If you plan to drive down to Goa from Bangalore,put on an alarm for 5:00am, to beat the heat and the crowds in the city of Bangalore. Go late and most definitely you will suffer the ignominy of inching forward, stuck in a cacophony of blaring bus horns and massive SUV's, for an hour at least, to get out of the city. And, we were also, very relieved to beat the heat of the noonday sun.
It takes a good 1/2 an hour to load the car inspite of keeping everything packed, but carry chilled bottles of water wrapped in towels and smaller denomination of notes for the toll tax, if you don't want to get those hateful stares from the attendant saying 'No change' -- and then,you are all set for the drive down.
It's a relief heading out of Bangalore's one way mayhem, onto roads which begin to look like airport tarmacs, heading for Goa. Of course one does not mind paying the road tax, starting from a Yelahanka toll booth, at a princely forty -five rupees, if you have driven on what were considered motorable roads in the good old days! By the end of the last toll booth that you hit, heading into Karwar, you have ended up paying almost Rs 500 in tax. But one does not really mind, as the roads are wonderful to drive on and in a matter of 10 -12 hours you are home and dry in Panjim, and you have not raced at break neck speed to reach.
Along the way we passed the usual routine of overturned lorries and tankers which we found surprising, as the roads are broad with ample space for cars and freight lorries, to overtake one another comfortably. However what we finally noticed, was that many of the accidents were due to a tractor chugging out onto the highway from a village and probably taking the other vehicle by surprise. The swift braking can be rather ineffective, when trying to halt such massive vehicles instantly, causing them to turn turtle. This needs to be checked stringently by the authorities to prevent further deaths on the highway.
For nature lovers the changing crops as one drives by, can be very enjoyable to let your tired city eyes relax with. White balls of cotton being picked in the heat of the noonday sun, emerald green paddy being planted in neat furrows, and in some seasons the startling sight of endless fields of large sunflowers, which interestingly turn their faces towards whichever side the sun shines on them. Stop for some fresh tender coconut, with slurpy 'gangee'or soft kernel at Hiriyur or Sira, which have huge swathes of healthy looking coconut trees and in some areas the tall and spindly areca nut palms as well.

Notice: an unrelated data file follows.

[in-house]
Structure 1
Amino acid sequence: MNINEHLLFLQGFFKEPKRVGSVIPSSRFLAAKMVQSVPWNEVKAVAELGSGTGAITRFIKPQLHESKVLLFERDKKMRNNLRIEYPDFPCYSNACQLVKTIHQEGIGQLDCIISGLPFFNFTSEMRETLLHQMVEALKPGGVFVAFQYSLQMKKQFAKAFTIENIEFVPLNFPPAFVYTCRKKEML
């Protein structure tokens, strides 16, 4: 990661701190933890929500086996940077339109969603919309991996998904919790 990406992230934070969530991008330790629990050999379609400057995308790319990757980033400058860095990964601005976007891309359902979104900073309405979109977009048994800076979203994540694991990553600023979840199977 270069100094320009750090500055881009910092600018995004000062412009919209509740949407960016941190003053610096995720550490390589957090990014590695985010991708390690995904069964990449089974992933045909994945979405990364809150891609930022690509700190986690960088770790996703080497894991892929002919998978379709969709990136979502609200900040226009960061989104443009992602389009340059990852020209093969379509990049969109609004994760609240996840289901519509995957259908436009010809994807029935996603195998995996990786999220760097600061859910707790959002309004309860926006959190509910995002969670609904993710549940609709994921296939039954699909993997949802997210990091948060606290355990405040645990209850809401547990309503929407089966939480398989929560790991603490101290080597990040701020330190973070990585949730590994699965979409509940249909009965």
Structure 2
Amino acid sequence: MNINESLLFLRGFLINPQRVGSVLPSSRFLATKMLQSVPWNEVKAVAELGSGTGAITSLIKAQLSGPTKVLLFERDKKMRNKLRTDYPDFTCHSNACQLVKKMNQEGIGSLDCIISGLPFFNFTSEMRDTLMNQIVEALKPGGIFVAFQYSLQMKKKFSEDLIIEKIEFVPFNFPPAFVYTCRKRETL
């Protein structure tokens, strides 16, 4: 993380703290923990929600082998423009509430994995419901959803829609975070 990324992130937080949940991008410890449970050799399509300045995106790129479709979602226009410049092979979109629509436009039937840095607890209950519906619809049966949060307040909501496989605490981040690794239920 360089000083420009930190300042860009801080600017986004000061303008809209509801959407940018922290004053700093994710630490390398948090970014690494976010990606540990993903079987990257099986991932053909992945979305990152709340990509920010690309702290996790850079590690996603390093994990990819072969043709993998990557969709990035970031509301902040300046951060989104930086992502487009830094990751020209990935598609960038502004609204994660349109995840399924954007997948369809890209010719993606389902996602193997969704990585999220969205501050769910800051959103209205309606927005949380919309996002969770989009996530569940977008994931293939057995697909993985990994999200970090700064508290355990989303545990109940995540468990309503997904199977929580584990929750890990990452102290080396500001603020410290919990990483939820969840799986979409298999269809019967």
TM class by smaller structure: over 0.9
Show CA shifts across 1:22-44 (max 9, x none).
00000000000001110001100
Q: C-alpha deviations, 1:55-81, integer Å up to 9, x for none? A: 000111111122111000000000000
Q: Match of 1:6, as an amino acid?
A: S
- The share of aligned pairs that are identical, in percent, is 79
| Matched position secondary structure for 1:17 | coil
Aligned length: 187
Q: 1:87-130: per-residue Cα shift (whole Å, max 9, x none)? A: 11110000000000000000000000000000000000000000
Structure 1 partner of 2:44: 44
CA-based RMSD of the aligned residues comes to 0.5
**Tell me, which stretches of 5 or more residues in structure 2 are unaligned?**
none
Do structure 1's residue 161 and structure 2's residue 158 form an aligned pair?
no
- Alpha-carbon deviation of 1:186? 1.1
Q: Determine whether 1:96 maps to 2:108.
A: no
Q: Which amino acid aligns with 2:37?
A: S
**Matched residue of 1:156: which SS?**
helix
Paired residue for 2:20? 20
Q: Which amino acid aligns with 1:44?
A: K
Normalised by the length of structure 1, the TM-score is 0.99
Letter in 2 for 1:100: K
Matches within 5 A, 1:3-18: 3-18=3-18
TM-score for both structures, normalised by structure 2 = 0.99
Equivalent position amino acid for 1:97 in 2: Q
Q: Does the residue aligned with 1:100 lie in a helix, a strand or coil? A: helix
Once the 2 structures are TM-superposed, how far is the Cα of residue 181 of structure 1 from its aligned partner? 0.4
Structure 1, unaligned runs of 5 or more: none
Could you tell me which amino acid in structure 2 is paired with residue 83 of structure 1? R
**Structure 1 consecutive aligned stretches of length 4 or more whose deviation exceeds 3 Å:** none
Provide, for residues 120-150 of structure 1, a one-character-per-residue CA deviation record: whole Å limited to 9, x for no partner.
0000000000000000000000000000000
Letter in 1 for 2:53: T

Keeping in mind the fact that petrol is an amazing Rs 20 cheaper in Goa, we filled just enough fuel in Karwar to coast us past the tall ugly walls of the Navy's Operation Sea Bird, with just the odd glimpses of the sea and pristine white beaches. In years gone by we could race down to romp in the rippling acqua-marine blue waves, with its shell covered white beaches, which are now enclosed with barbed wire.
As you start heading for the Ghat section, look out for the Silk Cotton trees, which stand out on the hill sides covered with deep pink or scarlet blooms. It's definitely photo op time, as the trees make a spectacular sight, covered with thick petalled, brilliantly coloured flowers. The trees play host to hundreds of sunbirds and parakeets, and that is why it is important to save the ghats for posterity, as they are some of the last bio-diversity hotspots left in India.
As our car sped through the Karnataka Ghat section, one is amazed at how dry, brown and leafless the whole jungle is. And then, as if a magic wand is waved, the scented jungles of the ghats in Goa, in contrast, embraced us in welcome. The trees on the Goa side, are full of young leaves in varying shades of a translucent green to a light pink and even a vibrant red. Just roll down your windows and take lungs full of the scented flowering Sal. Nowhere can one purchase the heady perfume of the ghats, which is a mix of the flowering trees and thick ferny undergrowth. Since it is March heading into April, the springs in the Ghats are rather sparse, though the ferns on the hill slopes, remain green and lush, unlike the Karnataka section which seems to be bone dry. It is a relief not to see the dumpers loaded with iron ore any more, gouging out the earth and killing off the tree cover, while covering the whole place in a film of fine, blood red dust.
Soon we are coasting past Canacona and Curtolim, before we arrive in the winding, old world lanes of Margaon. Stopping to take pictures, especially of the old fashioned temples and churches along the way, and the old crumbling homes is a must, around which the roads seem to have been laid. Crowds are making their way to an afternoon lenten church service, being sensibly held in the open air, taking into account the sweltering heat.
You know you are in Goa when the sudden flash of a brilliantly coloured dress, which is impossibly tight and form fitting, is spread over a matronly thick figure, swans into view. During this Lenten season, the mammas are heading to church, with a rosary clutched in hand, all set to say the knee breaking, energy sapping rosary or make the way-of-the-cross.